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Feminism, Race and Patricia Arquette

Patricia Arquette's Oscar speech initially received applause. When she further commented backstage, the Twitter verse turned on her. Being a woman in a "man's world" is stressful enough.
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"The truth will set you free, but first it will piss you off." -- Gloria Steinem

Patricia Arquette's Oscar speech initially received applause. When she further commented backstage, the Twitter verse turned on her. Being a woman in a "man's world" is stressful enough. It becomes that much more complicated when other women "vag block" (a Ronda-isms) your path. True to Gloria Steinem's statement, Arquette's truth set some free, hence the applause. However, it also pissed some off -- the Twitter backlash.

As a child, my memory of feminism was man-haters. At the age of 8, I claimed my independence as a woman, but I wanted no parts of the feminists I saw on television. I recalled hearing my mother and others talk about their experience and impression of the women's rights movement. Some felt that the women's rights movement rode on the coattails of the Civil Rights Movement and then excluded women of color from the women's rights movement. My mom said there seemed to be a preference for business women and against stay-at-home mothers or women in clerical positions. My mom did not like being looked down upon because she chose to stay at home and raise her children. She also did not like that women in the movement assumed the dress and mannerisms of men. She was often asked why she was not part of the workforce. She did not see the benefit of leaving her children to get a job that would essentially go towards childcare costs. She was a married woman. Why was she being shunned for having a family? My mother, grandmother and aunts raised, nurtured and inspired me. If there was no place for the likes of my mother and grandmother among their ranks, then I surely would have no part of feminism or the women's rights movement.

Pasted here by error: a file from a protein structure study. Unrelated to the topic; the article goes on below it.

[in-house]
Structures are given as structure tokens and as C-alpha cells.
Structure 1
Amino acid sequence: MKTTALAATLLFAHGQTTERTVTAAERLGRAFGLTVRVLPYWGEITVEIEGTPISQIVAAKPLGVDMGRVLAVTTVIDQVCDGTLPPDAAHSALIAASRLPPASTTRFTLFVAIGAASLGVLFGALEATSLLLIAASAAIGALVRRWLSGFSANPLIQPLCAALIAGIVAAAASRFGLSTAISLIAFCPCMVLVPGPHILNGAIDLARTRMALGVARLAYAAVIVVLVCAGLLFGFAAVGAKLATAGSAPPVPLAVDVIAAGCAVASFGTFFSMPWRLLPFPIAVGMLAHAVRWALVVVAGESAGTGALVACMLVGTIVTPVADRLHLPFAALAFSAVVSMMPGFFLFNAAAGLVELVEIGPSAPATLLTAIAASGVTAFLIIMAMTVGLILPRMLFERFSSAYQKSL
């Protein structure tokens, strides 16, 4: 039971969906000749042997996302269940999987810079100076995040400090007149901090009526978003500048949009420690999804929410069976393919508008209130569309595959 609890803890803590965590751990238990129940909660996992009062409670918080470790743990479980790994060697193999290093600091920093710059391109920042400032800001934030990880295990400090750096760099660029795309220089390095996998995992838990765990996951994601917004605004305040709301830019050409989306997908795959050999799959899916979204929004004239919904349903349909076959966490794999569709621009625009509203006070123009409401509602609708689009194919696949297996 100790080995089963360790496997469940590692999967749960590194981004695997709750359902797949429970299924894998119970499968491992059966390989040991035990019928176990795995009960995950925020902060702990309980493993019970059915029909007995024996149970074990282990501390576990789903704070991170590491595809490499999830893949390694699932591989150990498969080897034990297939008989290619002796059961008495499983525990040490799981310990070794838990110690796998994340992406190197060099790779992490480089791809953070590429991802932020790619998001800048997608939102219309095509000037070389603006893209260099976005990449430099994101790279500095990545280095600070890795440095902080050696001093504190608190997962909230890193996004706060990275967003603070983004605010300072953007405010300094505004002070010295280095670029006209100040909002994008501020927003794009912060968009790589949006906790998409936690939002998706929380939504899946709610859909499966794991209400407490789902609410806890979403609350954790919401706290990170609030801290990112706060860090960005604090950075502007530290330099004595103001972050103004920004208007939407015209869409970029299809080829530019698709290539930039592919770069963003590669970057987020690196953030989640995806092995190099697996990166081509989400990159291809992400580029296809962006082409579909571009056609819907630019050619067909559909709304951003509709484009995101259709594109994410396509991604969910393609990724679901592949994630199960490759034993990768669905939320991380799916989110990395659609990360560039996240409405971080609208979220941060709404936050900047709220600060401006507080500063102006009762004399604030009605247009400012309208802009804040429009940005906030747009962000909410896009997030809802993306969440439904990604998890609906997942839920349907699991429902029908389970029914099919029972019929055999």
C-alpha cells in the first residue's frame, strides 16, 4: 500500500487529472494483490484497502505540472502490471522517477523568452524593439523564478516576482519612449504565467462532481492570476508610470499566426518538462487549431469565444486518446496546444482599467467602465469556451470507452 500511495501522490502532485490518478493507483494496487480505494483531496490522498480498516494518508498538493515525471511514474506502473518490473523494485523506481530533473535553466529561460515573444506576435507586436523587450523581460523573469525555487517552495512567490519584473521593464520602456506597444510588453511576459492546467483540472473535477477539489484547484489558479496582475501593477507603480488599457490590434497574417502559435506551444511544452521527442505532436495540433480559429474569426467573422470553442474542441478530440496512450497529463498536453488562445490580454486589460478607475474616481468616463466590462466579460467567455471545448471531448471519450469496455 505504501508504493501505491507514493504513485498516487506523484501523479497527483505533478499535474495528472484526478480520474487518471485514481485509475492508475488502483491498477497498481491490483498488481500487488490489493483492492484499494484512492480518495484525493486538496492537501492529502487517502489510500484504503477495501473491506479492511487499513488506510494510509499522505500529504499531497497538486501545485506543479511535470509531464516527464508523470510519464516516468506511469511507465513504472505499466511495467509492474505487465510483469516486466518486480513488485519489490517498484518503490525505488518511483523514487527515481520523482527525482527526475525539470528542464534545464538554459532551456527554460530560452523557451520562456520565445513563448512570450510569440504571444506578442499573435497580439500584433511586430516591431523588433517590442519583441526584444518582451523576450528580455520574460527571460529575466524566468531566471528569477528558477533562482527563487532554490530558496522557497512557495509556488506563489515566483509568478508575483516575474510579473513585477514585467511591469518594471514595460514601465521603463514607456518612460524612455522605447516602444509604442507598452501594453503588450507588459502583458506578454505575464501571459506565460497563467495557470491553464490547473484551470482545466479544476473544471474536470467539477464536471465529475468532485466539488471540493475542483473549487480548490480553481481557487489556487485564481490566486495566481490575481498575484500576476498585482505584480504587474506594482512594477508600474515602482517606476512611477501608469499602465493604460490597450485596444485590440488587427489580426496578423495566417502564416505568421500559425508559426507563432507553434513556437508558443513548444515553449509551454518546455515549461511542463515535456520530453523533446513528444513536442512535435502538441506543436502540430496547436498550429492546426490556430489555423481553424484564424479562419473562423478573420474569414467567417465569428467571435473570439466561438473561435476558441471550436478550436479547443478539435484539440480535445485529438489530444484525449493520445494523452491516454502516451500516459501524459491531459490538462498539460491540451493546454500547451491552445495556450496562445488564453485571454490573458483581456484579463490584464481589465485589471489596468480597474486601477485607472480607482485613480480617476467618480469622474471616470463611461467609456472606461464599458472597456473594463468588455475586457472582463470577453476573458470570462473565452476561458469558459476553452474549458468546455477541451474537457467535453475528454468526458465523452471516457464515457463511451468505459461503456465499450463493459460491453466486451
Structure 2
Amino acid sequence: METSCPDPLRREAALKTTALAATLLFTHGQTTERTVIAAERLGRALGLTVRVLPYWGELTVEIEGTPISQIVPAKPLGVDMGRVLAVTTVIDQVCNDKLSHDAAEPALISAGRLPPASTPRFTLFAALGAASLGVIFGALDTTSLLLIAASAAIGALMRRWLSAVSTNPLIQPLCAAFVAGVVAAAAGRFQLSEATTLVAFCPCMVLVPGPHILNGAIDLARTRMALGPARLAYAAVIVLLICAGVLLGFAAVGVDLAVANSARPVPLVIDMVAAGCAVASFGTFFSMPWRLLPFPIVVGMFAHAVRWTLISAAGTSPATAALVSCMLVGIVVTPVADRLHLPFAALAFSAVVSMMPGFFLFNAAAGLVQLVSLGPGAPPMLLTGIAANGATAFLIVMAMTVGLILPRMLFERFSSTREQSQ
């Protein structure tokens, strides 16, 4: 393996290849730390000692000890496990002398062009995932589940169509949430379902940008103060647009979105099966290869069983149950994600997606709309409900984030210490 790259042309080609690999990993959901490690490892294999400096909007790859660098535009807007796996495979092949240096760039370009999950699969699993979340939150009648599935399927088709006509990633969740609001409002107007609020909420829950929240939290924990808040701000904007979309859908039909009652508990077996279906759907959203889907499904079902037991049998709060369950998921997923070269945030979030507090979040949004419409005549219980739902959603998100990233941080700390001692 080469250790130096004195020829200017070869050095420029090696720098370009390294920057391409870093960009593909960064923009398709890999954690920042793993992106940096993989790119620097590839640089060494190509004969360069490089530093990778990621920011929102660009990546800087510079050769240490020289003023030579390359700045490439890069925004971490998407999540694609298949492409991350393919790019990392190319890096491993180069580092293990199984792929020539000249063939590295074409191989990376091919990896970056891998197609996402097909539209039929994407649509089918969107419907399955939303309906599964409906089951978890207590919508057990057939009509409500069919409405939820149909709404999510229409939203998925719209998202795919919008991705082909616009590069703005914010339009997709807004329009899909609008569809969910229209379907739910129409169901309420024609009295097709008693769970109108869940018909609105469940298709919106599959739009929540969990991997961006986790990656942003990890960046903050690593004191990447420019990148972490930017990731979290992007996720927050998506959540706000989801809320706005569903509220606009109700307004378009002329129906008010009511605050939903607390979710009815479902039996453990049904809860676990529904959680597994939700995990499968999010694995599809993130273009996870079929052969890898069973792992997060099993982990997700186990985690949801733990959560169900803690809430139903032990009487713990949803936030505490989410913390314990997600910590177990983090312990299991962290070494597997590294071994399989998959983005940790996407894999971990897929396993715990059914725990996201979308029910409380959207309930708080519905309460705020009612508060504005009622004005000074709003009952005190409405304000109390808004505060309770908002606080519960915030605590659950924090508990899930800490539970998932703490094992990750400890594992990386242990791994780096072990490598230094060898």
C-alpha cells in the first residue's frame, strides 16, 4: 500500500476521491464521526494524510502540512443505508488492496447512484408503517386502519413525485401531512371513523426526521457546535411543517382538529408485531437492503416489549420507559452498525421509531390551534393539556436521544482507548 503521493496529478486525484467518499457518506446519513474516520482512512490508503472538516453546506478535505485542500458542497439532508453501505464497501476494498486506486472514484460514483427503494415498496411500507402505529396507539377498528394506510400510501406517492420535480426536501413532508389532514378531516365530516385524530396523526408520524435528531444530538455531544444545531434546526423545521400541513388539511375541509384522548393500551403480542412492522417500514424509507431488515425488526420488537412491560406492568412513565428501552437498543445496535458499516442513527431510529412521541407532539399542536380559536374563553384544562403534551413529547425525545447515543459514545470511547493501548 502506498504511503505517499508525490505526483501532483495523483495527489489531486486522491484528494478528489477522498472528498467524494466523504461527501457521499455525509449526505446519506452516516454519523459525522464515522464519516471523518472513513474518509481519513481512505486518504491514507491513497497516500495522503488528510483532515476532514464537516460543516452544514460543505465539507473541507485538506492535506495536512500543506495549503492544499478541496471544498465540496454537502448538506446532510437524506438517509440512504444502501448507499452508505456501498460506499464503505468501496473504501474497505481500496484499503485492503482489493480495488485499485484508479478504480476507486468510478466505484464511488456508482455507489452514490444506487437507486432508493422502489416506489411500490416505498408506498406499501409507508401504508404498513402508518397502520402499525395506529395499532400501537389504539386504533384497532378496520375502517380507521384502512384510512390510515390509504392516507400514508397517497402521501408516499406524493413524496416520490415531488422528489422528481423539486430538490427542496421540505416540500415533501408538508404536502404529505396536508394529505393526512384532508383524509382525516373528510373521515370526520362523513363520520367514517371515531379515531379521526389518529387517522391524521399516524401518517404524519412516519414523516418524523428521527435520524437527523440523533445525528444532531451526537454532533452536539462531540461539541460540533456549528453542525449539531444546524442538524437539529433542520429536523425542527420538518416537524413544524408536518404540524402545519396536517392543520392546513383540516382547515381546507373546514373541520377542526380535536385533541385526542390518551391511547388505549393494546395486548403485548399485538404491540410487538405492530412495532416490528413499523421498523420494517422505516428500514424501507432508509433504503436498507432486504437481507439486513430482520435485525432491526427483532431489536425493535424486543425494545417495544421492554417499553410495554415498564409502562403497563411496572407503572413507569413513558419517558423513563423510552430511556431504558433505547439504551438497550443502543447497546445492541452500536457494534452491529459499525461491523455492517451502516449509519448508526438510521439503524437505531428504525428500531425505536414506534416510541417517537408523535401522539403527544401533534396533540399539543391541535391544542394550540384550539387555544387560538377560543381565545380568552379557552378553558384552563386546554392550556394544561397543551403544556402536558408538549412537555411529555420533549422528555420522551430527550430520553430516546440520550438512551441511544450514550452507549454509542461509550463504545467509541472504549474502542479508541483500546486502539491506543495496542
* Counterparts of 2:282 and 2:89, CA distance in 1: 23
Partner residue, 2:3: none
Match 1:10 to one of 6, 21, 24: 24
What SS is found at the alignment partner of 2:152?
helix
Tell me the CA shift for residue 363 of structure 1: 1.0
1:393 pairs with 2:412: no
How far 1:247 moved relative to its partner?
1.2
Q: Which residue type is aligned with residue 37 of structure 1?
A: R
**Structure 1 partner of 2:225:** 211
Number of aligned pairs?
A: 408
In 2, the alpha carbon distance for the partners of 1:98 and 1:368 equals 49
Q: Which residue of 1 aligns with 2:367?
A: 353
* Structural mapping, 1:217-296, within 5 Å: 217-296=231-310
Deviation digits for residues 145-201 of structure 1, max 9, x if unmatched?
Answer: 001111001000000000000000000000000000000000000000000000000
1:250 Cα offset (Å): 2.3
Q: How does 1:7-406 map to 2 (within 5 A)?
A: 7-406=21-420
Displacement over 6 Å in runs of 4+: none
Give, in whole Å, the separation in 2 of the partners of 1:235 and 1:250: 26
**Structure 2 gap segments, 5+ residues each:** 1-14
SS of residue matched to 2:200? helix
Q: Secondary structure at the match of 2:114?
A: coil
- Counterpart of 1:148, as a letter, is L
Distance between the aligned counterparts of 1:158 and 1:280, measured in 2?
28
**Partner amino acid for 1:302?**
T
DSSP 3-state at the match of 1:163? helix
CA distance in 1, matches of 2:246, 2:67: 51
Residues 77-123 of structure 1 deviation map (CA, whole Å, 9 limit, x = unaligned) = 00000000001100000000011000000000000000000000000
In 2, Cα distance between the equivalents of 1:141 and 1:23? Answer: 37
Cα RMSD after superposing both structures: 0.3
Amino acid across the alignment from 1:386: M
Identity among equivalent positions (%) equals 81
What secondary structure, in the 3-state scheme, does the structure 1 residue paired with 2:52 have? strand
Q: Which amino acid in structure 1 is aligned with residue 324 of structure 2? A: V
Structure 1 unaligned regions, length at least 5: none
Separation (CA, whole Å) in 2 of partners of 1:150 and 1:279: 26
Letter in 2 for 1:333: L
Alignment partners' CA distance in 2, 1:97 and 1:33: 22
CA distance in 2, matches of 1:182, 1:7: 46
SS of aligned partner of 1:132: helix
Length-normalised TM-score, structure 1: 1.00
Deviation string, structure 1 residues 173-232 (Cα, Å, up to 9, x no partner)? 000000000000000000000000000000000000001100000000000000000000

As a young lawyer interviewing at law firms, I have experienced illegal questions about race and/or gender. It is worst when the offender is another woman or person of color. The Sony email leak highlights my point. There were negative comments about women actresses and actors of color. Ironically, the person at the center of the controversy was a woman. As if women did not have enough problems with the glass ceiling!

As a woman of color, on a daily basis the media and women's magazines make it clear that my body type is "not the standard of beauty." Recently, Giuliana Rancic made comments about Zendaya's braids on the red carpet referencing patchouli oil and marijuana. Ironically, when a Kardashian wore braids the media went crazy claiming it was the "latest hair trend." Women of color have been wearing French braids, corn rows and twists since the beginning of time. In the words of Sojourner Truth, "ain't I a woman?"

Women, why do we vag block and become "mean girls?" Why did Kristi Capel refer to Lady Gaga's music as "jiggaboo" and later claim, like Rancic, that she did not mean to offend anyone?

Feminism has never been about getting a job for one woman. It's about making life more fair for women everywhere. It's not about a piece of the existing pie; there are too many of us for that. It's about baking a new pie. This is no simple reform. It really is a revolution. Sex and race because they are easy and visible differences have been the primary ways of organizing human beings into superior and inferior groups and into the cheap labor on which this system still depends. We are talking about a society in which there will be no roles other than those chosen or those earned. We are really talking about humanism. -- Gloria Steinem

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